A dislocated shoulder on the job is generally caused by either a significant blow, such as from a falling object or by a fall – both of which happen far too frequently in construction and factory settings.
The Cleveland Clinic shares that SLAP tears refer to Superior Labrum, Anterior to Posterior tears, which are also called labrum tears.
Consider the following related statistics:
- SLAP tears account for 4 to 8 percent of all shoulder injuries.
- Twenty-five percent of all adults experience some kind of shoulder pain that relates to either overuse or injury at some point.
Like other shoulder injuries, SLAP tears are closely associated with overhead lifting. Lifting heavy objects with abrupt, jerky movements is another common culprit.
Any of the shoulder injuries mentioned can lead to a frozen shoulder, which is also called adhesive capsulitis, and leads to stiffness and pain in the shoulder that makes movement in the joint difficult.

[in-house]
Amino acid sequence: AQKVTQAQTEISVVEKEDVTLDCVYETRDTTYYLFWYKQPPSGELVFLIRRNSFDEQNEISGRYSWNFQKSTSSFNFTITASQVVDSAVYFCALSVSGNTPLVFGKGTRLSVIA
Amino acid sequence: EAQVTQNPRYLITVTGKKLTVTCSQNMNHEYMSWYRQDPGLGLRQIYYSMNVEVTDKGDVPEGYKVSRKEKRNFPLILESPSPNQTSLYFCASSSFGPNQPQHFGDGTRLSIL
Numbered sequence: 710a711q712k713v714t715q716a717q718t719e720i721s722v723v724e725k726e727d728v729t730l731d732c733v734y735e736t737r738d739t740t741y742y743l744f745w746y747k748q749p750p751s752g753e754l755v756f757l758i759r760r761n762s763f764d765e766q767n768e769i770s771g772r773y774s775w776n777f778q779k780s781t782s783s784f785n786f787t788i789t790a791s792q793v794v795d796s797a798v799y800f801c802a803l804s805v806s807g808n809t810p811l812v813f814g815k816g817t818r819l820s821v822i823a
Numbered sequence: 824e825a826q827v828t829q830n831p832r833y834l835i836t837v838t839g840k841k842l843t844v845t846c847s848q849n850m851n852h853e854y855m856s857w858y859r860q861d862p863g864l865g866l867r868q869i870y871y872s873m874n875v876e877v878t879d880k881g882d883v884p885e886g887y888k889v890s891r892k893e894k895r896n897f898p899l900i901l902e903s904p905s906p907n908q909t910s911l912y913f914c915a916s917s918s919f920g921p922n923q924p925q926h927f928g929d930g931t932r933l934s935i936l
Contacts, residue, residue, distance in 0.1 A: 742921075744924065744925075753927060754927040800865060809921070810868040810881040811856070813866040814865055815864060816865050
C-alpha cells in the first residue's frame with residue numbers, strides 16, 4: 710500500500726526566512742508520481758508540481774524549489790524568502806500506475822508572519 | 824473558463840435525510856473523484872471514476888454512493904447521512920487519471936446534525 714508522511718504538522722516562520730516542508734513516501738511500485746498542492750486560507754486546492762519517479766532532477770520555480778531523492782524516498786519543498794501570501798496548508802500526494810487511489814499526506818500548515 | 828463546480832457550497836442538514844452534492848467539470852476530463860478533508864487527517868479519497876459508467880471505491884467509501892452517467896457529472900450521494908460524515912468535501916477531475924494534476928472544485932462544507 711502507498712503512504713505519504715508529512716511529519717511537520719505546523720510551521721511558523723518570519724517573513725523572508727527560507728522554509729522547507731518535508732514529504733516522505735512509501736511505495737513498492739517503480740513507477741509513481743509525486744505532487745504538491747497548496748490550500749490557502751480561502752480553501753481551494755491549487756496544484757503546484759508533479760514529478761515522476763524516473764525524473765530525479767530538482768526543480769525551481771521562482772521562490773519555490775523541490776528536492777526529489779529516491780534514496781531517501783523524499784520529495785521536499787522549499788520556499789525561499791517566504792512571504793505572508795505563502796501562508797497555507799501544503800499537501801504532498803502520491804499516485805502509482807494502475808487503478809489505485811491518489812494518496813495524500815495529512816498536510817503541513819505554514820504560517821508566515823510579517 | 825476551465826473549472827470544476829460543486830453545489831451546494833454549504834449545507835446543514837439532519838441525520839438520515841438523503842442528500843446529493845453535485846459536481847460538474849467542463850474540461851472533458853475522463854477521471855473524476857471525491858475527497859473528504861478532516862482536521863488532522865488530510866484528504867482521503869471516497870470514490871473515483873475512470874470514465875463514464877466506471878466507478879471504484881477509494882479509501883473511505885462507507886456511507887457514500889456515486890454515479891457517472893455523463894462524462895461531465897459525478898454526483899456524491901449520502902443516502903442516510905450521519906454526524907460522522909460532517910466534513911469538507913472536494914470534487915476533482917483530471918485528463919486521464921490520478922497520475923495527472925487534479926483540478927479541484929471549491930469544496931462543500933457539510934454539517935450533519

Wearing a sling for a prolonged period, which is a common treatment practice for most shoulder injuries – or anything else that prevents you from using your arm normally – can lead to a frozen shoulder.
Treatment Options for Shoulder Injuries on the Job
Unless the shoulder injury is very serious, treatment for shoulder injuries generally begins with noninvasive treatment options that typically include physical therapy. Physical therapy is a slow – often painful – process that is likely to keep you off the job or require you to do a less demanding job for a significant amount of time.
If surgery is ultimately necessary, you can expect to require even more time off work to complete post-surgery PT and to conform with additional physical restrictions after that. Further, some serious shoulder injuries lead to permanent physical limitations that can interfere with your ability to do your job.
If you are seeking workers’ compensation for a shoulder injury requiring surgery, you can expect your claim to be even more challenging.
Getting a Workers’ Comp Settlement for Shoulder Injury